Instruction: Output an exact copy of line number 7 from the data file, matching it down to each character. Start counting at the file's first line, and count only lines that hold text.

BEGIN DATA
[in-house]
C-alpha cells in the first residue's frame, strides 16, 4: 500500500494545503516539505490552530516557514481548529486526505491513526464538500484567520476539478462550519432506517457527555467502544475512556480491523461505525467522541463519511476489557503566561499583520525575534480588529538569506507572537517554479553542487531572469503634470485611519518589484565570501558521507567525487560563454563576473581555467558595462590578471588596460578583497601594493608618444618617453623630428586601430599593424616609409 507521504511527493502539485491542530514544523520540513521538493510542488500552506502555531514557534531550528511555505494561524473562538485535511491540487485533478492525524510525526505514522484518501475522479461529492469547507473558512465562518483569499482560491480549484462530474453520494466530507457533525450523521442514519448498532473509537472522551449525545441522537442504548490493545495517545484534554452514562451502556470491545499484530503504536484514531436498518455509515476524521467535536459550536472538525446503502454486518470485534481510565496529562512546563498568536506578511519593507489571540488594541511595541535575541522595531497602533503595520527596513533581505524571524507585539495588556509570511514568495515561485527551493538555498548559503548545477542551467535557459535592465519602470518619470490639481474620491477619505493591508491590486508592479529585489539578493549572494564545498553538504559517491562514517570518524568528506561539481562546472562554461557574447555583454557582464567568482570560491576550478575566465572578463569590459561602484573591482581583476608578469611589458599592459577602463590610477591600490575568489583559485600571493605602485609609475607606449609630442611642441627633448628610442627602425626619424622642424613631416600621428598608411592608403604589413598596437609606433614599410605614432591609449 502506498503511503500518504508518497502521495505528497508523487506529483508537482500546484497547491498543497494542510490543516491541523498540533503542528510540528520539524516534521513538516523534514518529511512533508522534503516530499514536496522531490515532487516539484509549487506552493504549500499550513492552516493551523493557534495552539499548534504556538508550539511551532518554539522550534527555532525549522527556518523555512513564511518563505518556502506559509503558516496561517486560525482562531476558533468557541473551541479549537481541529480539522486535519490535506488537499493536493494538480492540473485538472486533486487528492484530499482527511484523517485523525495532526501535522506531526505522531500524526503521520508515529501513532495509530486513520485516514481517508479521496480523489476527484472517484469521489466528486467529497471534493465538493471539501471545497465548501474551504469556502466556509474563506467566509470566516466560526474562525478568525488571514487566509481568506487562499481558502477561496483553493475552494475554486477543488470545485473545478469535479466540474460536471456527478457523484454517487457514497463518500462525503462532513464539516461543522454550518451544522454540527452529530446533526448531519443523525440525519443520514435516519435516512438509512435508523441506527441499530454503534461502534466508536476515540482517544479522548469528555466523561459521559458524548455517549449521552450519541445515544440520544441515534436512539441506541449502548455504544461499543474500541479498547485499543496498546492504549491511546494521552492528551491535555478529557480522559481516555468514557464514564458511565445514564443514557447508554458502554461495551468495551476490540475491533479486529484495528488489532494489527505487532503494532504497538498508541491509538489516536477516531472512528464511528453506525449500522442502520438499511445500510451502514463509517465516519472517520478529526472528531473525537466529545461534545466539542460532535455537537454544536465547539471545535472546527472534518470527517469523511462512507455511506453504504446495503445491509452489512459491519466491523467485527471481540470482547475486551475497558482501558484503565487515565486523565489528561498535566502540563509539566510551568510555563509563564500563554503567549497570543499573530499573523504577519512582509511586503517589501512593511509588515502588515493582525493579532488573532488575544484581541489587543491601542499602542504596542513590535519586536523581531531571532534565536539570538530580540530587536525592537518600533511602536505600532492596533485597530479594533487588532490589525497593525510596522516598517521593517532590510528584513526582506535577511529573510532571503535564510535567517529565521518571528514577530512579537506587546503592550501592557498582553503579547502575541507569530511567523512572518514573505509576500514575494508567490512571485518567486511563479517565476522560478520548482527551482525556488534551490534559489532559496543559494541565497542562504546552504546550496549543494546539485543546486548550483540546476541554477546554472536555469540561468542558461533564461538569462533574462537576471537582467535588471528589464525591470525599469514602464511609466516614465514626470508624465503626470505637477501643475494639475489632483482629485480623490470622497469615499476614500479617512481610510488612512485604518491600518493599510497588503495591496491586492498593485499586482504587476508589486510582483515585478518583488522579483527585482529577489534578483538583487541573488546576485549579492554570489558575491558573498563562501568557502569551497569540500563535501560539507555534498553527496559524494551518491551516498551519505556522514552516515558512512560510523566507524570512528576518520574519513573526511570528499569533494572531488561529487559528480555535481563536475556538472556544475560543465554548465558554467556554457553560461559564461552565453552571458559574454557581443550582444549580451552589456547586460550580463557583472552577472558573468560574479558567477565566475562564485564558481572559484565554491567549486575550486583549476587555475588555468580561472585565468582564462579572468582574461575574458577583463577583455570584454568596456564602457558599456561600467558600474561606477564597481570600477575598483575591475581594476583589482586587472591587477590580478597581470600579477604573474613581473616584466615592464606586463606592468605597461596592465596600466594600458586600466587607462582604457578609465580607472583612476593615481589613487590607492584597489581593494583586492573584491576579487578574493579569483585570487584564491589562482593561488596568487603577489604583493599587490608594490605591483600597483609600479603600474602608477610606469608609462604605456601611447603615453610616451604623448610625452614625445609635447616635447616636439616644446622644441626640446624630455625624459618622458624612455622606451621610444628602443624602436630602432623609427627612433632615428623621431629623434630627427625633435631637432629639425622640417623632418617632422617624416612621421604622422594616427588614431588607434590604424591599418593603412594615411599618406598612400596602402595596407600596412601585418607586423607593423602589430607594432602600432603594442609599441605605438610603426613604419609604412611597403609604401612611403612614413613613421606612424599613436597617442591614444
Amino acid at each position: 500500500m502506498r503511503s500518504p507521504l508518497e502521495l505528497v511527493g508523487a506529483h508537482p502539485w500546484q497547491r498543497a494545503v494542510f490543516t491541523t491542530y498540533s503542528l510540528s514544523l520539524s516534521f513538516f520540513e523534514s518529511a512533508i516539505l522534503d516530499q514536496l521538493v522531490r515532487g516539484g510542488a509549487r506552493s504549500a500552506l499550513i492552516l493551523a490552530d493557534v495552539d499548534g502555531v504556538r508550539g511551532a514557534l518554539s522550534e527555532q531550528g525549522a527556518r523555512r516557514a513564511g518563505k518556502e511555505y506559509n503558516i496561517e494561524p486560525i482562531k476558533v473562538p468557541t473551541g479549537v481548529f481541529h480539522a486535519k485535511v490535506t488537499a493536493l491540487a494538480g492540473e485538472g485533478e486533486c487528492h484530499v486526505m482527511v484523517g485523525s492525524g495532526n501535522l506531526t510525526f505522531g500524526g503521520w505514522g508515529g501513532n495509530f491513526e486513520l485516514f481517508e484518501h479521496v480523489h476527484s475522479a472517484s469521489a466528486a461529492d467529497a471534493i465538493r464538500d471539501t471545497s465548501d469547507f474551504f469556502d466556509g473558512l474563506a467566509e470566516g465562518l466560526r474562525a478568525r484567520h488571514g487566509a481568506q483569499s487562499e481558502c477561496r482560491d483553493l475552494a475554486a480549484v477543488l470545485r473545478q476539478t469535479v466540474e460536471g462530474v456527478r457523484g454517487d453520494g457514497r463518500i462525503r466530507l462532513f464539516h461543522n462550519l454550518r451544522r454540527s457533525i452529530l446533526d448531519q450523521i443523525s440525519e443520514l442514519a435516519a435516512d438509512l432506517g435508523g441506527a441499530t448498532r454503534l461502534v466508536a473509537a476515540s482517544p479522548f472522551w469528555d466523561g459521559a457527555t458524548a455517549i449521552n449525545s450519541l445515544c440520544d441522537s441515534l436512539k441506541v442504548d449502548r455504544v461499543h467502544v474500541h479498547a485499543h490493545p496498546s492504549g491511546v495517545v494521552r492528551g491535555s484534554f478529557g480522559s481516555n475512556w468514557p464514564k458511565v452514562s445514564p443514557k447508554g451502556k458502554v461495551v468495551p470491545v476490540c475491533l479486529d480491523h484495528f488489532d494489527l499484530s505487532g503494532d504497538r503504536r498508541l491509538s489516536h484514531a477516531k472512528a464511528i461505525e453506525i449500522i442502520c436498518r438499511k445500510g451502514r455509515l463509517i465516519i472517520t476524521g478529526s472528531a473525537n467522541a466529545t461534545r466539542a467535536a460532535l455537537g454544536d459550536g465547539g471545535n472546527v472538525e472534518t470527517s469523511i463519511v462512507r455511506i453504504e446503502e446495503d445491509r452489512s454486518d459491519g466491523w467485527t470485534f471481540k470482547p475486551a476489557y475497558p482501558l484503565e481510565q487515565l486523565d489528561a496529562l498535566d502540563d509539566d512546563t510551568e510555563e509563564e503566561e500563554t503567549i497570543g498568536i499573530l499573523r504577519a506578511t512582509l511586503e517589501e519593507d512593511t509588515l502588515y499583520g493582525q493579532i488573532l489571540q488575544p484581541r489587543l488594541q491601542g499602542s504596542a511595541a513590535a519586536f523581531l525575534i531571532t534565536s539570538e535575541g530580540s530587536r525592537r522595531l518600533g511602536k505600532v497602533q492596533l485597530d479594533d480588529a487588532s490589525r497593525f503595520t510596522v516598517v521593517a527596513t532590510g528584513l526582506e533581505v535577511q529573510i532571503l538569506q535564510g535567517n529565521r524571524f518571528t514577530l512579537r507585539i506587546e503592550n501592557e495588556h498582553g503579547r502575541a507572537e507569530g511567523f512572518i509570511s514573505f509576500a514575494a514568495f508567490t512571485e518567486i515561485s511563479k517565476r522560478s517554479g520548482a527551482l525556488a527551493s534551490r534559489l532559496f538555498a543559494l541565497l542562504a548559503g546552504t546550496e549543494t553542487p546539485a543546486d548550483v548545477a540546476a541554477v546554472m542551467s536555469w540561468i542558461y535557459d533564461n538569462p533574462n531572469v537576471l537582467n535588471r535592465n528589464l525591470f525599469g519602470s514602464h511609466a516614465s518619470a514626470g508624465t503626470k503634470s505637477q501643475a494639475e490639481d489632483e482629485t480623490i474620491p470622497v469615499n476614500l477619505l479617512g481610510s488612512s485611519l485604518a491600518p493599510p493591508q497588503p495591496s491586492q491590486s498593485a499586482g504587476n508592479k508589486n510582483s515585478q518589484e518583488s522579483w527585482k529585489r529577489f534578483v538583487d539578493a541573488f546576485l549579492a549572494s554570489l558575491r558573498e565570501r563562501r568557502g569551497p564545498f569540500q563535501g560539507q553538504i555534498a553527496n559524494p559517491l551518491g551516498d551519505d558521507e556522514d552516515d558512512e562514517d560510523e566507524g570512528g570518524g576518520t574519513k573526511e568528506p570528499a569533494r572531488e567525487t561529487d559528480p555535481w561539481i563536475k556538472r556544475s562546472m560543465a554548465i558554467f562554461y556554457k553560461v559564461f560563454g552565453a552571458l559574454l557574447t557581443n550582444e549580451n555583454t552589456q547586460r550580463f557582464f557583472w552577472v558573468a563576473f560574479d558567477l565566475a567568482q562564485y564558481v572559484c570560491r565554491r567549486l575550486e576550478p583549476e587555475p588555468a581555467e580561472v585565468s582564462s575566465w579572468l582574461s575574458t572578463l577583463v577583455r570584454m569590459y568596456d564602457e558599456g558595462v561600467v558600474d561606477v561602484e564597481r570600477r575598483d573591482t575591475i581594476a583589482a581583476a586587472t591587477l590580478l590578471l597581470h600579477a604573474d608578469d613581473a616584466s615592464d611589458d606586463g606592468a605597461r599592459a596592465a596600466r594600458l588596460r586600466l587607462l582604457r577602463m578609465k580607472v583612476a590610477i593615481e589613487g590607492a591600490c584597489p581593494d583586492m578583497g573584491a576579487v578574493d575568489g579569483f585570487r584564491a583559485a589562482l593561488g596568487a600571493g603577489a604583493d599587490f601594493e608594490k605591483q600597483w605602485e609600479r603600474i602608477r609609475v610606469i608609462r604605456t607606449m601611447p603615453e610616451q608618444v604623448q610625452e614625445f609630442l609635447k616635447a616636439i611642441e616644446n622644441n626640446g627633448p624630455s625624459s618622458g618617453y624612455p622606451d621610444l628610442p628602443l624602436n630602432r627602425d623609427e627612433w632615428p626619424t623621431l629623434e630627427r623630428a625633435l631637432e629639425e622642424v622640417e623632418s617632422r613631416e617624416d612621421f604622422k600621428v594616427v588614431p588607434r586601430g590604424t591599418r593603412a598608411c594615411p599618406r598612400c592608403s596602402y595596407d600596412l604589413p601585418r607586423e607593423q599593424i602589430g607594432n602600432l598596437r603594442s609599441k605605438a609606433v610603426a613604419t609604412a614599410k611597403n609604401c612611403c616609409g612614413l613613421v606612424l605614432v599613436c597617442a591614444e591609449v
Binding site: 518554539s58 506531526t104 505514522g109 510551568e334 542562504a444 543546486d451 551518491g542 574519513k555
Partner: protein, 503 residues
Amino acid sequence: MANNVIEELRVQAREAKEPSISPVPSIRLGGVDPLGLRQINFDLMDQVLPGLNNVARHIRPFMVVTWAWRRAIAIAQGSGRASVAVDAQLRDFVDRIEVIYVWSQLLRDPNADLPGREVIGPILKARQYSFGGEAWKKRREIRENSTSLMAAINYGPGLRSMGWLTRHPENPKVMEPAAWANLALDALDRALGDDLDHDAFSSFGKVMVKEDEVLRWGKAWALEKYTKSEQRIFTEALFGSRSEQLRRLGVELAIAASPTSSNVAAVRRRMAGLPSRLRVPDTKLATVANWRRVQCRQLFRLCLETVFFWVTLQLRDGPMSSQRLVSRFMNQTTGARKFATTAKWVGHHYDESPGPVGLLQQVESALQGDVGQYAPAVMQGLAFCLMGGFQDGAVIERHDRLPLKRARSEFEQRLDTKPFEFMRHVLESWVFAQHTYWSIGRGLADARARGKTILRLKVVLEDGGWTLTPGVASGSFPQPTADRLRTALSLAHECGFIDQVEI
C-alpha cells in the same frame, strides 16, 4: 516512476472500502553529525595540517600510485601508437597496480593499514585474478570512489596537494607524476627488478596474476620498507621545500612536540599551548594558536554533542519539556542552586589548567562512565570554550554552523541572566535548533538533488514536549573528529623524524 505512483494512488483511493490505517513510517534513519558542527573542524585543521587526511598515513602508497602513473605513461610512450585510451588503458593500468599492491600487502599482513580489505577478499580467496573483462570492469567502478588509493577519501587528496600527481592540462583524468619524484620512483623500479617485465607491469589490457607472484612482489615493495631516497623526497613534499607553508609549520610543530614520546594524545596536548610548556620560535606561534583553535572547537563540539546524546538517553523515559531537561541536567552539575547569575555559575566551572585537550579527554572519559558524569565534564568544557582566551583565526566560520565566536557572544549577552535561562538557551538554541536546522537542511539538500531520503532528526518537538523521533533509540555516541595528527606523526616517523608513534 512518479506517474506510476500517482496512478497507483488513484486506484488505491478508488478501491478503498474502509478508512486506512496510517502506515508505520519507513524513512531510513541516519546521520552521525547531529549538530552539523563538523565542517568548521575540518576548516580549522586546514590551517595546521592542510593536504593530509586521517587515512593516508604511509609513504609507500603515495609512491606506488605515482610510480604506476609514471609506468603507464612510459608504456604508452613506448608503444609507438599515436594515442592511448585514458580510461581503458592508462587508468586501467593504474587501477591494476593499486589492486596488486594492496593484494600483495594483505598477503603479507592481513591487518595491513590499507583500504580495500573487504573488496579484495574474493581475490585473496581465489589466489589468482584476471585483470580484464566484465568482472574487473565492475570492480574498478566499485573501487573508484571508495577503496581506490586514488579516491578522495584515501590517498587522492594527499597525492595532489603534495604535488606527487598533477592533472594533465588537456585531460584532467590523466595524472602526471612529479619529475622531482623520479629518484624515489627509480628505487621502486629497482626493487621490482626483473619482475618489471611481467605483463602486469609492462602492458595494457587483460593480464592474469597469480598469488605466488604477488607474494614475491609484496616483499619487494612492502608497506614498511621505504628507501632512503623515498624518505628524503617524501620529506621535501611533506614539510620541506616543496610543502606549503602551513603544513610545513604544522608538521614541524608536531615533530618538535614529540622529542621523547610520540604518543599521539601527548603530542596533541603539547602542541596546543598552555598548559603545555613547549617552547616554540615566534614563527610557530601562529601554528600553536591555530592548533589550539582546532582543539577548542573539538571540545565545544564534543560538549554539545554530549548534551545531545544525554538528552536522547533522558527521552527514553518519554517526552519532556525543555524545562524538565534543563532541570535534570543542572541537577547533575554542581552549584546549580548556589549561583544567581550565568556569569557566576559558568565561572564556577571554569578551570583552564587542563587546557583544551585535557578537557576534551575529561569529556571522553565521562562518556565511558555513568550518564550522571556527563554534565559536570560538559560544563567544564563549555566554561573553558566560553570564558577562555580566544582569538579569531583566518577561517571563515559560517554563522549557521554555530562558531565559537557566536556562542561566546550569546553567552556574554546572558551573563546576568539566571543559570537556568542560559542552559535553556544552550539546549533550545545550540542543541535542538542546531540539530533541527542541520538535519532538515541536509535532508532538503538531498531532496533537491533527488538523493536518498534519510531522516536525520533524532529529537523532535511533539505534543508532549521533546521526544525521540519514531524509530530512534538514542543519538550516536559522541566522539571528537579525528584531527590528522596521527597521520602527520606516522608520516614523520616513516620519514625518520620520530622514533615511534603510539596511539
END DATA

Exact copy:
C-alpha cells in the same frame, strides 16, 4: 516512476472500502553529525595540517600510485601508437597496480593499514585474478570512489596537494607524476627488478596474476620498507621545500612536540599551548594558536554533542519539556542552586589548567562512565570554550554552523541572566535548533538533488514536549573528529623524524 505512483494512488483511493490505517513510517534513519558542527573542524585543521587526511598515513602508497602513473605513461610512450585510451588503458593500468599492491600487502599482513580489505577478499580467496573483462570492469567502478588509493577519501587528496600527481592540462583524468619524484620512483623500479617485465607491469589490457607472484612482489615493495631516497623526497613534499607553508609549520610543530614520546594524545596536548610548556620560535606561534583553535572547537563540539546524546538517553523515559531537561541536567552539575547569575555559575566551572585537550579527554572519559558524569565534564568544557582566551583565526566560520565566536557572544549577552535561562538557551538554541536546522537542511539538500531520503532528526518537538523521533533509540555516541595528527606523526616517523608513534 512518479506517474506510476500517482496512478497507483488513484486506484488505491478508488478501491478503498474502509478508512486506512496510517502506515508505520519507513524513512531510513541516519546521520552521525547531529549538530552539523563538523565542517568548521575540518576548516580549522586546514590551517595546521592542510593536504593530509586521517587515512593516508604511509609513504609507500603515495609512491606506488605515482610510480604506476609514471609506468603507464612510459608504456604508452613506448608503444609507438599515436594515442592511448585514458580510461581503458592508462587508468586501467593504474587501477591494476593499486589492486596488486594492496593484494600483495594483505598477503603479507592481513591487518595491513590499507583500504580495500573487504573488496579484495574474493581475490585473496581465489589466489589468482584476471585483470580484464566484465568482472574487473565492475570492480574498478566499485573501487573508484571508495577503496581506490586514488579516491578522495584515501590517498587522492594527499597525492595532489603534495604535488606527487598533477592533472594533465588537456585531460584532467590523466595524472602526471612529479619529475622531482623520479629518484624515489627509480628505487621502486629497482626493487621490482626483473619482475618489471611481467605483463602486469609492462602492458595494457587483460593480464592474469597469480598469488605466488604477488607474494614475491609484496616483499619487494612492502608497506614498511621505504628507501632512503623515498624518505628524503617524501620529506621535501611533506614539510620541506616543496610543502606549503602551513603544513610545513604544522608538521614541524608536531615533530618538535614529540622529542621523547610520540604518543599521539601527548603530542596533541603539547602542541596546543598552555598548559603545555613547549617552547616554540615566534614563527610557530601562529601554528600553536591555530592548533589550539582546532582543539577548542573539538571540545565545544564534543560538549554539545554530549548534551545531545544525554538528552536522547533522558527521552527514553518519554517526552519532556525543555524545562524538565534543563532541570535534570543542572541537577547533575554542581552549584546549580548556589549561583544567581550565568556569569557566576559558568565561572564556577571554569578551570583552564587542563587546557583544551585535557578537557576534551575529561569529556571522553565521562562518556565511558555513568550518564550522571556527563554534565559536570560538559560544563567544564563549555566554561573553558566560553570564558577562555580566544582569538579569531583566518577561517571563515559560517554563522549557521554555530562558531565559537557566536556562542561566546550569546553567552556574554546572558551573563546576568539566571543559570537556568542560559542552559535553556544552550539546549533550545545550540542543541535542538542546531540539530533541527542541520538535519532538515541536509535532508532538503538531498531532496533537491533527488538523493536518498534519510531522516536525520533524532529529537523532535511533539505534543508532549521533546521526544525521540519514531524509530530512534538514542543519538550516536559522541566522539571528537579525528584531527590528522596521527597521520602527520606516522608520516614523520616513516620519514625518520620520530622514533615511534603510539596511539